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Coat of Arms

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Heraldry originated in the Middle Ages when it became necessary to identify men who were wearing armour which completely enveloped their person, as well as to have some individual or personal mark for members of the upper class of feudal society. Selected towns or burgh's were granted a Royal Charter and this also warranted their own individual Coat of Arms.

In heraldry the various terms used have specialised meanings, there are two light colours, white (argent) and yellow (or) and are called metals from their similarity to silver and gold which are also used. The four dark colours, red (gules) blue (azure) green (vert) and black (sable) these are called colours. Each of these metals and colours may be represented by textures, for example black spots on a white background is a texture called ermine, but as a rule the colours must be on or against metal so that the contrast is sharp, definite and legible. The shape of the shield on which the arms are represented can vary considerably except the shape named lozenge which is reserved for a womans' arms.

The original charter of Royal Burgh was granted to the town in 1373 during the reign of Robert III, but this was suppressed by William, Earl of Douglas who held the barony of North Berwick during that period. The Earl refused to implement the charter because he might lose his right of superiority over the port and burgh. The charter now in existence was granted by James VI on 18th September 1568.

The Marquis of Bute in his work on the Burgh Arms of Scotland thus describes those of North Berwick -" Argent, on the waves of the sea semee of fish naiant to sinister, all proper; a lymphad with sails furled, also proper, flying a pennon of the flag of Scotland, viz., azure a saltire argent; on the prow a lion rampant gules, armed and langued azure; rowed by four mariners habited proper; in the stern a king royally crowned and robed, also proper; the rays of the sun issuant bendwise from the sinister chief, also proper. He adds ' The mariners wear regular Kilmarnock bonnets with tassels. The figure in the stern is very indistinct. It wears an open crown, which argues a period earlier than James IV by whom arches were for the first time added to the crown of Scotland. It is probably a representation of Robert III, by whom the Burgh was erected. Moto of the seal of North Berwick - Sigillvm burgi de North Berwick, Merces victoriae gloria - a reward of victory gained by glory - 1720.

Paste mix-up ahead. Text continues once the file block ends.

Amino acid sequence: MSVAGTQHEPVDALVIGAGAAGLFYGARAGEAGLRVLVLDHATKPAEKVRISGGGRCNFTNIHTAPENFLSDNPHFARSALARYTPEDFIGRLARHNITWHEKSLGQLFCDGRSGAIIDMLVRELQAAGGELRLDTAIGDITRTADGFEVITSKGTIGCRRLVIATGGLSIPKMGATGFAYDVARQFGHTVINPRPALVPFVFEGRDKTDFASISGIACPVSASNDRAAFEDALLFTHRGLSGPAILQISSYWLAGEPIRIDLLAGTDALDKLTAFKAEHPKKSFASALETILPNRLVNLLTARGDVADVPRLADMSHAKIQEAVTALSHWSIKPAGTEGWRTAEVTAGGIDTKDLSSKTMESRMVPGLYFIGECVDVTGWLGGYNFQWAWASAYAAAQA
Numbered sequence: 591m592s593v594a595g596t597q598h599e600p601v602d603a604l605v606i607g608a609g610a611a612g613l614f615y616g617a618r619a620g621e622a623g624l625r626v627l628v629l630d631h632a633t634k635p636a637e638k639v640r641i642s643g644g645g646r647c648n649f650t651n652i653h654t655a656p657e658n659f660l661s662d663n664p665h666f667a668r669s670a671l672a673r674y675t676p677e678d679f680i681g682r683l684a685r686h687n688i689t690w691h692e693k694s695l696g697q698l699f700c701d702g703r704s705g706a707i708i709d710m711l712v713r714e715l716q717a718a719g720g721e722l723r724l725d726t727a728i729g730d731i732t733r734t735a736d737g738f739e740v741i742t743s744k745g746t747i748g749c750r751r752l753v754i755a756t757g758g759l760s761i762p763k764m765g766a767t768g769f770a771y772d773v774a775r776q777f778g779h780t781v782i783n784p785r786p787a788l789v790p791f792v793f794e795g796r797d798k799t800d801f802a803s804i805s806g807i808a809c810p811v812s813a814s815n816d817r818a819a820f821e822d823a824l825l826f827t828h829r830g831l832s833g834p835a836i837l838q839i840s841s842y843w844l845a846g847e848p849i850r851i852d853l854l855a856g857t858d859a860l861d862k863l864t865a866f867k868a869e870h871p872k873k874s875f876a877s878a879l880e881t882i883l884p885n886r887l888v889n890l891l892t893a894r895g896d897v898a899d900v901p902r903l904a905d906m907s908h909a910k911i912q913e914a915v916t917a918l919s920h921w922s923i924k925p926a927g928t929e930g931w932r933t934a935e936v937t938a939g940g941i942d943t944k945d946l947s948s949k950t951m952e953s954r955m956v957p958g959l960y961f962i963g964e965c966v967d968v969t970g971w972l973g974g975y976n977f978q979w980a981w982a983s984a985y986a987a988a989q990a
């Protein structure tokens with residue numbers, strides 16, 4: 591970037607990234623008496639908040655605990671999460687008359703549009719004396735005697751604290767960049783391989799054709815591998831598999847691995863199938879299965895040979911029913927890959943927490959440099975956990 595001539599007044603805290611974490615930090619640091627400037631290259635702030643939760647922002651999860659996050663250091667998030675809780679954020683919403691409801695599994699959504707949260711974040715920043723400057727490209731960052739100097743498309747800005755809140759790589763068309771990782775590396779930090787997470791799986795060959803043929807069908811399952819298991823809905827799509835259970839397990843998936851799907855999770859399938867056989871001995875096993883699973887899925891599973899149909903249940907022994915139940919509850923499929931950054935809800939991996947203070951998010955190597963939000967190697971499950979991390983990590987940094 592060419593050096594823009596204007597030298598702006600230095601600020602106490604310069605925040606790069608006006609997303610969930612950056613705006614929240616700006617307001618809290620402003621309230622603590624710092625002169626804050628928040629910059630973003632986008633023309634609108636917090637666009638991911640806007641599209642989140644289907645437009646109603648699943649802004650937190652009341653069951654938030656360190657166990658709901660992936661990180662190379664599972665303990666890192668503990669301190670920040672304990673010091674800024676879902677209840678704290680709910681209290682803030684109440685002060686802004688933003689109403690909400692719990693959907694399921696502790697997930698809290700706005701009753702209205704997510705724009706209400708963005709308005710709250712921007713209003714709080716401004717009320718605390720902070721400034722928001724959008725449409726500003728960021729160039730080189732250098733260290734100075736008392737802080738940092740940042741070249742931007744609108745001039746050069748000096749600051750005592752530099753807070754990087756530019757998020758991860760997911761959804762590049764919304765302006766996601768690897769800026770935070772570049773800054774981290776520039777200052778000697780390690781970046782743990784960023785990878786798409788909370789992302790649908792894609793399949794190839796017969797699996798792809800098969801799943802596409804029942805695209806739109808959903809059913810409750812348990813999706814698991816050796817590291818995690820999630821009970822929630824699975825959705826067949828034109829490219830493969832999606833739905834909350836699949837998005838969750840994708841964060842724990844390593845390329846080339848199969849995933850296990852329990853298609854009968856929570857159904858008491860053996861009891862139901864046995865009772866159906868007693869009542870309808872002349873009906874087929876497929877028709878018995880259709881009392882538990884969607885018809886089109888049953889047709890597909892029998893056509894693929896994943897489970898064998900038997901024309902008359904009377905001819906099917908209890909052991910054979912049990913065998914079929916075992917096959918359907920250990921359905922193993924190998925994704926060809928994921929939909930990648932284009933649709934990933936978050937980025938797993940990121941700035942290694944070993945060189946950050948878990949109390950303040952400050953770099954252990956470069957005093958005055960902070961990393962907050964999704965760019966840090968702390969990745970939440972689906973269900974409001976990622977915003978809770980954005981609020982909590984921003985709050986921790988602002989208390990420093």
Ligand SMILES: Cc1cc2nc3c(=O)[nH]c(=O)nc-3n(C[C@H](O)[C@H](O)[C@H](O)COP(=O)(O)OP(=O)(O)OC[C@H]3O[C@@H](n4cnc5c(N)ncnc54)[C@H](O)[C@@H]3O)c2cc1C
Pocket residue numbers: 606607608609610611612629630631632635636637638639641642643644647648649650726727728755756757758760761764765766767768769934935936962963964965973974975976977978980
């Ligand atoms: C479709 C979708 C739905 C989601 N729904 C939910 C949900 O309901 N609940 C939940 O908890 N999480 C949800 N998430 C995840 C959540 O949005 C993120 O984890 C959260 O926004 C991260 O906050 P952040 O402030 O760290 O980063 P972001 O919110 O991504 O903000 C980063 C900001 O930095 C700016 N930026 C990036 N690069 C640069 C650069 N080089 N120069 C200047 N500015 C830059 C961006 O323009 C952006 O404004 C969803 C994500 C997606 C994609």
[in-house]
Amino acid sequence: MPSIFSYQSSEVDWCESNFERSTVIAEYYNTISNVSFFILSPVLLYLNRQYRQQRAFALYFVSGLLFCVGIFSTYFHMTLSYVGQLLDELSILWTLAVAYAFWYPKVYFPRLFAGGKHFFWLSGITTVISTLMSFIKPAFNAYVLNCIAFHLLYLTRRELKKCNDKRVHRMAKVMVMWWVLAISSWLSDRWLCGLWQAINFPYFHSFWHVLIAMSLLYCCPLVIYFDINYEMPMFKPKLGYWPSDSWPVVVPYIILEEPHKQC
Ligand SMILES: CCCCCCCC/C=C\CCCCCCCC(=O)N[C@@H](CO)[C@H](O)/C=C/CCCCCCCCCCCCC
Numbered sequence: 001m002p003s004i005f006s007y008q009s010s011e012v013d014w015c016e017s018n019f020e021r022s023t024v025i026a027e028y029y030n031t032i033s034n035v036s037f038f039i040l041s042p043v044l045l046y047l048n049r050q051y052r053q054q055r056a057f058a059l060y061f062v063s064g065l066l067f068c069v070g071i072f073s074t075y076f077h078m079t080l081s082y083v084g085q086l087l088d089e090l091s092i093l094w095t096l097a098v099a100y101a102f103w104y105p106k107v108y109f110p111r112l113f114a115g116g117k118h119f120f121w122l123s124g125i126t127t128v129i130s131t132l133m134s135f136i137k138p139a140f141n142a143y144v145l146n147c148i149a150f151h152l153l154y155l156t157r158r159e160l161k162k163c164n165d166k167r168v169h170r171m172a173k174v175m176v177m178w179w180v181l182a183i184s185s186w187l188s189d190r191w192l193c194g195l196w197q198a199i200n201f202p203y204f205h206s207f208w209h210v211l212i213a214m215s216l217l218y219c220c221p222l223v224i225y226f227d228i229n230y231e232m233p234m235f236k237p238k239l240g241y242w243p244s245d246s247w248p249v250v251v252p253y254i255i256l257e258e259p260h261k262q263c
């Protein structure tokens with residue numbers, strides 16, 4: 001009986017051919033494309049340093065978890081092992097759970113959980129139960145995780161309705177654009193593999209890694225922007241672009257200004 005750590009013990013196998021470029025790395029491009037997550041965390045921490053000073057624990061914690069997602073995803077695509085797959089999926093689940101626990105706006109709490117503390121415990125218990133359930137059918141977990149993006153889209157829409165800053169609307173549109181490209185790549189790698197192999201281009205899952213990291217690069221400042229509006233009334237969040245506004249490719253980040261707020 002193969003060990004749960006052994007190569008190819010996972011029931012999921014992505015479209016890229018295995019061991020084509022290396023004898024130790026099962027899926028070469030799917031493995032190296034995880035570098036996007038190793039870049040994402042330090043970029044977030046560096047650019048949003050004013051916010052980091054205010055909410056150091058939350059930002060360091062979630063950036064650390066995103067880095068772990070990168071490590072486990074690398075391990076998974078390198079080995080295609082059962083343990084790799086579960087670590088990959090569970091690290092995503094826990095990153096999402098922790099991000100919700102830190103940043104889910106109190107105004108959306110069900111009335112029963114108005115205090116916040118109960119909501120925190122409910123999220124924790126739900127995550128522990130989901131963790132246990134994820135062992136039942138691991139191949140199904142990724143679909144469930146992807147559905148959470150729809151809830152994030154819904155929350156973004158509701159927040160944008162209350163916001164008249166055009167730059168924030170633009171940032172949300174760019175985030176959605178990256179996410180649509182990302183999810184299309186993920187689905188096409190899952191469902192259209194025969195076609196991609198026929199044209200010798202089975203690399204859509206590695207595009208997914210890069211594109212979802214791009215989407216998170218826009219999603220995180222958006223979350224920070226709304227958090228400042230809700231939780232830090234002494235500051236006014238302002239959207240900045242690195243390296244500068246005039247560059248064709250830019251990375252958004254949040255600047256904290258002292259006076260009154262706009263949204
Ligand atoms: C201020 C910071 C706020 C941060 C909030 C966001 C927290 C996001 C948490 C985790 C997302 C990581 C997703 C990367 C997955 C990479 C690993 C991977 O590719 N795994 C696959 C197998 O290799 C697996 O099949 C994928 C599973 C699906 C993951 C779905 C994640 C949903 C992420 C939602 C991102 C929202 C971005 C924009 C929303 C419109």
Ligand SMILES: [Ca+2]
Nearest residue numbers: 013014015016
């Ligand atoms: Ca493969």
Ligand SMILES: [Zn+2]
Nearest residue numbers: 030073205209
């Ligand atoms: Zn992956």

The system of armorial and burgh bearings that evolved over Western Europe led to the establishment of centres in each country for the granting and recording of such things and in Scotland the office of Lord Lyon, King of Arms is used for this purpose. Lord Lyon is a Great Officer of the State and a judge with his own court. He is appointed by the sovereign, answers to no one else and is responsible for granting armorial bearing of the recognition of clan chiefs. It is a treasonable offence to assault the Lord-Lyon when he is carrying out the monarch's work. The Lyon sits as judge to oversee any abuse of heraldic law brought to his court by his procurator fiscal. His court comprises of the Lord Lyon and the Officers of Arms in Scotland: the Albany Herald, Rothesay Herald and Ross Herald, the senior officers: and the Unicorn Pursuivant, Carrick Pursuivant and Bute Pursuivant, the junior ones. His is the only court of chivalry in regular use, and is completely integrated within the national legal system.

At his discretion, grants for armorial bearings are made. If evidence of inheritance can be proven, the original grant may be 'matriculated' or altered for the grantee's descendants, and it is then recorded in the Public Register of All Arms and Bearings in Scotland by his Clerk and Keeper of the Records. In addition to his services to the cause of heraldry, the Lord Lyon makes Royal Proclamations from the Mercat Cross in Edinburgh. On 8th February 1952, he proclaimed Elizabeth II, Queen of Scotland at Edinburgh Castle.

His title itself refers to the use of a heraldic lion on the arms of Scottish kings and may date back to William 'the Lion', who reigned from 1165 to 1214. The lion appeared on his son Alexander's shield, and has been in use ever since.

The Royal Burgh of North Berwick coat of arms (above) was withdrawn in 1975 when government legislation disbanded the Town Council in favour of local authority regionalisation. Part of this restructuring was to elect a Community Council to represent the views of the town and whose first priority was to enlist the assistance of Lord Lyon, King of Arms and successfully reinstate the Royal Burgh title and a new Coat of Arms was approved.

 

Court of The Lord Lyon H.M
New Register House
Edinburgh
EH1 3YT
Tel. 0131-556-7255

 

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